But like his father, Dan Tishman didn't plan on immediately entering the family business. Instead, he headed west for Evergreen in 1973, flush with the spirit of independence that characterized his upbringing and education in the late 1960s and early 1970s.
Tishman says he was looking for a school as far away as possible from New York City. You couldn't get much further than Olympia.
"The feeling was that the family business would always be there if I wanted to do it," he recalls. "I had the freedom to do my own thing. I also knew that I shouldn't assume I'd be qualified to work for Tishman."
With its non-traditional approach to education, Evergreen fit Tishman's bill. He majored in wildlife ecology, and by his senior year, was doing biological research in Tierra del Fuego, the archipelago on the southernmost tip of South America, where he helped set up a research station sponsored by National Geographic and the Organization of American States.
"The lack of structure at Evergreen worked well for me," recalls Tishman, who at the time had his heart set on becoming a biologist. "I liked the new perspective, and I thrived there."
After graduation, however, he turned to education. He helped to found the Audubon Expedition Institute, a program now affiliated with Lesley University in Cambridge, Mass., that helps students develop a deep understanding of the ecosystem and public policy issues.
At Audubon, he met his wife-to-be, Sheryl. They married and moved to southern Maine, where they bought a farm to raise wool-producing llamas. It was there that the Tishman construction bug finally bit. He became partners with the carpenter building his home, who was a skilled craftsman but lacked business savvy. Their business started growing, as Tishman found a market for homes and small-scale commercial projects. Before long, his business was humming, with 30 employees on staff. Then executives from Tishman Construction in Manhattan paid a visit Down East, asking if he was ready to become part of the family business.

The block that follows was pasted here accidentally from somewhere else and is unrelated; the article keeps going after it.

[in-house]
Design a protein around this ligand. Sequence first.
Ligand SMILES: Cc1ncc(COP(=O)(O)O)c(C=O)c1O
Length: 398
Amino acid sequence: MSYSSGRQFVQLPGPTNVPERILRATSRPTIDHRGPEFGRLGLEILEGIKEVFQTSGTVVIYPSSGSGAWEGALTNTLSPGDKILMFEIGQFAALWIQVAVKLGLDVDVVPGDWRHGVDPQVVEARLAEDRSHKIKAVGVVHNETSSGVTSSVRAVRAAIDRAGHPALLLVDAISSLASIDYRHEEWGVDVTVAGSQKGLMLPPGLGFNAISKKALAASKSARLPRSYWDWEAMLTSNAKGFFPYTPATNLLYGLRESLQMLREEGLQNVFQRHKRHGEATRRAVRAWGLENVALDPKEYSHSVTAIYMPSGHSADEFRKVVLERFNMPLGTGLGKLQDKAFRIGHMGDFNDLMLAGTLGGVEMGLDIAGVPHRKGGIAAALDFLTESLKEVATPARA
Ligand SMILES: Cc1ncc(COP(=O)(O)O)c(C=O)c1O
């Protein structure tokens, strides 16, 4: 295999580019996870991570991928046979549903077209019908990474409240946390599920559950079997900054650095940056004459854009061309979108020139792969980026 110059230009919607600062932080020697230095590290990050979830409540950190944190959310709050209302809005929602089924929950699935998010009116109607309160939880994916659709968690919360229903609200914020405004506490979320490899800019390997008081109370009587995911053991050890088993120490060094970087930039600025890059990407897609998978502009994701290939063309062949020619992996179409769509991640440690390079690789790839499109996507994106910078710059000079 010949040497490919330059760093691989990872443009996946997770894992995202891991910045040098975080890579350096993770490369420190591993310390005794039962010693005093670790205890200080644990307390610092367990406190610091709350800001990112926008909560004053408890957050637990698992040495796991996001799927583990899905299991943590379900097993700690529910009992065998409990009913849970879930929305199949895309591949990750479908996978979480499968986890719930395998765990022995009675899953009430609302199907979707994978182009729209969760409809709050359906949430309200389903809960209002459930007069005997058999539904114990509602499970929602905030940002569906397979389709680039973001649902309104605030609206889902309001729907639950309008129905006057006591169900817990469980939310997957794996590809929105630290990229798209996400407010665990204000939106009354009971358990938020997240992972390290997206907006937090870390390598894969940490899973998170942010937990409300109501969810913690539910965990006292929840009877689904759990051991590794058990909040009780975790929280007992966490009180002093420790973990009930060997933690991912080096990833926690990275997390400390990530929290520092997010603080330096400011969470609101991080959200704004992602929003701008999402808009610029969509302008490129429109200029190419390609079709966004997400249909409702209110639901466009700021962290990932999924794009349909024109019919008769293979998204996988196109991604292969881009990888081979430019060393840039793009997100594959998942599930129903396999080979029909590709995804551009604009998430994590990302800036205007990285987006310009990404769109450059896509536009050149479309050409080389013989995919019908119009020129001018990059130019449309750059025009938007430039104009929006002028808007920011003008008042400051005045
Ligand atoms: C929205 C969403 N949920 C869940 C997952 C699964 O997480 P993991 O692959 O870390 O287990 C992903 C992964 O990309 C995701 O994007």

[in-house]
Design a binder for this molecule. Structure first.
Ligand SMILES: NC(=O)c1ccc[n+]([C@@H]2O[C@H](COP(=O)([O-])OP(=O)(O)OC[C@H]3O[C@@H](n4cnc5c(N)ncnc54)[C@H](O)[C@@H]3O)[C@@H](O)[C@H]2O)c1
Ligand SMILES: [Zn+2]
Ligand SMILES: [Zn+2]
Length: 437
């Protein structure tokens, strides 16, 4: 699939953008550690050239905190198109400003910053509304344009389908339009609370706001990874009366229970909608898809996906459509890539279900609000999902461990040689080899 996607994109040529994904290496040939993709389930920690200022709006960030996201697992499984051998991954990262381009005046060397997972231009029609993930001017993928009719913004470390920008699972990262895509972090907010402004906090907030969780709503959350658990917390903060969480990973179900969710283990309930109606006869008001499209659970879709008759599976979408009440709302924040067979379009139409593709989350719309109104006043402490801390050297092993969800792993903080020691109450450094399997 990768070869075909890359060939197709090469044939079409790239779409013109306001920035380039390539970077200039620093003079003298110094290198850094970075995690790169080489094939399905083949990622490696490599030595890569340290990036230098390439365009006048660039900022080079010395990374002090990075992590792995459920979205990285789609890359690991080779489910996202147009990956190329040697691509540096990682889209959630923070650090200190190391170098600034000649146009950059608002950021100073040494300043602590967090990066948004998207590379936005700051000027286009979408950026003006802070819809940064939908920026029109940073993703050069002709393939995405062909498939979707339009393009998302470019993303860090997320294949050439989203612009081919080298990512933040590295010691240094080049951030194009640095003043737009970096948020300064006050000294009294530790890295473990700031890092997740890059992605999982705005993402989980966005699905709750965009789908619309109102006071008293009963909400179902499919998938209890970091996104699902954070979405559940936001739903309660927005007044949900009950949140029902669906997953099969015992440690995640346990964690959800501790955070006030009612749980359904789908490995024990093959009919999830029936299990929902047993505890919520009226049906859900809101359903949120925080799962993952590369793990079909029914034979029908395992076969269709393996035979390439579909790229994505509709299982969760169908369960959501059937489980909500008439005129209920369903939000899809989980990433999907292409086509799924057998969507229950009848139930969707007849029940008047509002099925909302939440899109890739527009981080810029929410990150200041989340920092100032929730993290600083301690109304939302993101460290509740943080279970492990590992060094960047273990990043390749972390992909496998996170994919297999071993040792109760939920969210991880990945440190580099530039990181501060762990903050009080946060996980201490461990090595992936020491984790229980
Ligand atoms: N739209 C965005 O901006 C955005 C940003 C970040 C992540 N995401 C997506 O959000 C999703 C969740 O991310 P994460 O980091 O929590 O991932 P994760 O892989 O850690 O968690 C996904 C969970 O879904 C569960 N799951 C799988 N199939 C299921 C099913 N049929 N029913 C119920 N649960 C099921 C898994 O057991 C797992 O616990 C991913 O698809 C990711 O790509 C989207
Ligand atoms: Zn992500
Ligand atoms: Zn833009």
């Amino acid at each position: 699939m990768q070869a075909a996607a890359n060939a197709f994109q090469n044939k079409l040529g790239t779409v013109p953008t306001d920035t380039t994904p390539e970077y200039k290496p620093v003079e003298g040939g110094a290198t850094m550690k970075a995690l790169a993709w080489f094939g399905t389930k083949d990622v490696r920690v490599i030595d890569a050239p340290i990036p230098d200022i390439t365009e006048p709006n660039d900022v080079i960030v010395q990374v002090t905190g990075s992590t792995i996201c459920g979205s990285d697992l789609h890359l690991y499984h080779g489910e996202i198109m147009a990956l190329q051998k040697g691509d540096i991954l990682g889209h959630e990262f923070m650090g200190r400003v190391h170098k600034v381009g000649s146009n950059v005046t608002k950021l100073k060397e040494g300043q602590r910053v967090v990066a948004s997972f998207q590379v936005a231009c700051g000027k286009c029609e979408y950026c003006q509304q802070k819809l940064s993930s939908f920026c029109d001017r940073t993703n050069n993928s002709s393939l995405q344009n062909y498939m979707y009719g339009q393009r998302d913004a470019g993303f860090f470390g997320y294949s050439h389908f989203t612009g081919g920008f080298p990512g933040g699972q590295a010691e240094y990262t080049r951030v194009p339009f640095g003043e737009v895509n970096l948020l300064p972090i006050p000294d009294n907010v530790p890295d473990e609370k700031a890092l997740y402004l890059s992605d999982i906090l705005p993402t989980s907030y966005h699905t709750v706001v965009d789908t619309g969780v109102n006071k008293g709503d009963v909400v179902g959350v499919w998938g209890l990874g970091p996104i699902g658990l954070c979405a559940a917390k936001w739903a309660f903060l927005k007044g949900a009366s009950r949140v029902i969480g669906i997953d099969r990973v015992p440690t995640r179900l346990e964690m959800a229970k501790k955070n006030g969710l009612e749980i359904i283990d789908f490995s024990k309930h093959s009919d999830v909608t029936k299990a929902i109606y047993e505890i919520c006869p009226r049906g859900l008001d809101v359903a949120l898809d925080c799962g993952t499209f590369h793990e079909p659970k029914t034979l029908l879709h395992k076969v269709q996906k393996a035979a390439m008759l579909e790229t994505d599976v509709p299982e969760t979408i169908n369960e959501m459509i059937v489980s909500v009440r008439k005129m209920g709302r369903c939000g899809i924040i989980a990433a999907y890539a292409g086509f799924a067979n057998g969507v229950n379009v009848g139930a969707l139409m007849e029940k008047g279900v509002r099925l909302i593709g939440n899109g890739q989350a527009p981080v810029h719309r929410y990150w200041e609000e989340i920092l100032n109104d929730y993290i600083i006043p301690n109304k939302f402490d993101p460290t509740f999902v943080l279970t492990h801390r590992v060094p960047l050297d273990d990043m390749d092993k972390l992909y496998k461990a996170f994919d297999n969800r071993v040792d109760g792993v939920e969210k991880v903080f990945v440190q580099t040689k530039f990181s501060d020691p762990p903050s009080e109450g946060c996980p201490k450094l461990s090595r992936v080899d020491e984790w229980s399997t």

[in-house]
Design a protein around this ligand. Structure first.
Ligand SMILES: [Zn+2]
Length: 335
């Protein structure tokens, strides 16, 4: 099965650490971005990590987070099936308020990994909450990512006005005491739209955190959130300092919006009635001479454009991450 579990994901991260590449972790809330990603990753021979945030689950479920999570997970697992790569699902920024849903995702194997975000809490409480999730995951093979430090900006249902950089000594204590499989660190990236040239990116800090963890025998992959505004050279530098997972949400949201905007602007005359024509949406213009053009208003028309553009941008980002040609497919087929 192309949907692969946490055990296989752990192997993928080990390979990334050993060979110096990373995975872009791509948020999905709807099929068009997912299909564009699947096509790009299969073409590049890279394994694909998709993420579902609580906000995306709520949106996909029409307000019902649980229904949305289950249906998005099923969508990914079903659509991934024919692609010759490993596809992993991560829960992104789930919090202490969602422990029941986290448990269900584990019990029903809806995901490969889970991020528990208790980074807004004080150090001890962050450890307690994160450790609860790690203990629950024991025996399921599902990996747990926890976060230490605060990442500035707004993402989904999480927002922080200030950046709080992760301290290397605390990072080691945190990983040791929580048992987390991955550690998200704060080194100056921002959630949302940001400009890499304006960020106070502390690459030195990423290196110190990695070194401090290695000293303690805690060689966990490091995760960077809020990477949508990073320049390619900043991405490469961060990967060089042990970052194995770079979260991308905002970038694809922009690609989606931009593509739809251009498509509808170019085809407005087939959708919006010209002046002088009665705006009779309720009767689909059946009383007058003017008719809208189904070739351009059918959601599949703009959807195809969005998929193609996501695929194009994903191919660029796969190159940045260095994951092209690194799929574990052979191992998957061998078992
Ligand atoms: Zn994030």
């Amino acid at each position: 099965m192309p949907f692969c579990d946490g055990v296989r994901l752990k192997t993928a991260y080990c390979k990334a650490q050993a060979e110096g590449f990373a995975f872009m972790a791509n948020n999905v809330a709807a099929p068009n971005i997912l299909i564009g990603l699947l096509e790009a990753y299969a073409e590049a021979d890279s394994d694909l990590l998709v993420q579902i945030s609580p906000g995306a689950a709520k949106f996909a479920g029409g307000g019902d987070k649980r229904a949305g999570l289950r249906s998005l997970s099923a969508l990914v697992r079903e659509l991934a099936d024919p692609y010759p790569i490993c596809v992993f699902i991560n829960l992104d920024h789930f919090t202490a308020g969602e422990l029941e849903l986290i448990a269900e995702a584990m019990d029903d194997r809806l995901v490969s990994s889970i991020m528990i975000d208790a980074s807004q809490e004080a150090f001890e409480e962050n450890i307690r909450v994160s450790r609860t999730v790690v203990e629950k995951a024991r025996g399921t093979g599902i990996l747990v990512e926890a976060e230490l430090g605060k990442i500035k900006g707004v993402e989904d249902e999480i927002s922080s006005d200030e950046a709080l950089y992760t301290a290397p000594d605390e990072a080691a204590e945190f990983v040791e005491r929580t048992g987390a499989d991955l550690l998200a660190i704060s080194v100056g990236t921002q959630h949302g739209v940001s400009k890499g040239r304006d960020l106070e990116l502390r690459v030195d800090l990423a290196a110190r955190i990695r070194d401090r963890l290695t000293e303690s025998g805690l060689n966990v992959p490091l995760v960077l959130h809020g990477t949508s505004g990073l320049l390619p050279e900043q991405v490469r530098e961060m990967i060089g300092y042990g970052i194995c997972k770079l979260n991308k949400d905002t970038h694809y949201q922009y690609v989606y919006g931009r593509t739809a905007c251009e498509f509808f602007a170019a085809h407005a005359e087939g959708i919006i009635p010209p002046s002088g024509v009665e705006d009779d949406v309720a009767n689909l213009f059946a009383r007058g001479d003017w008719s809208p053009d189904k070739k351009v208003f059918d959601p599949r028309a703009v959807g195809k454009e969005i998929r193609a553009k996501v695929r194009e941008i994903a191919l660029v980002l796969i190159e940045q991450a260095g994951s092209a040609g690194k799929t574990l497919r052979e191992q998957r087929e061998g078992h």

It was 1989, and time for Dan Tishman to return to New York. "I decided that I could still satisfy my interest in science and education if I made them my avocation, not my vocation," he says. "And if I was successful in business, I could still be true to my beliefs and help those causes."
By 1996, he became Tishman Construction's CEO, with his father stepping aside for his son, the fourth generation to lead the company started by his great-grandfather, Julius, in 1898.
The built-environment is the world's second largest consumer of fossil fuels, says Tishman, so putting up environmentally friendly buildings is an important element of a more sustainable world. He also tries to do his part in his personal life. He drives a hybrid car, and keeps fit riding up to 100 miles a week on his Serotta road bike. His 256-acre llama farm in Maine generates as much solar energy to feed into the electrical grid as the farm uses in electricity.
"Everybody is responsible to leave as light a carbon footprint as possible," says Tishman, who lives in the Westchester County suburb of Bedford with Sheryl and son, Gabe, 15. Their son, Josh, attends Montana State University. "It's very important that our great-grandchildren enjoy nature as I did."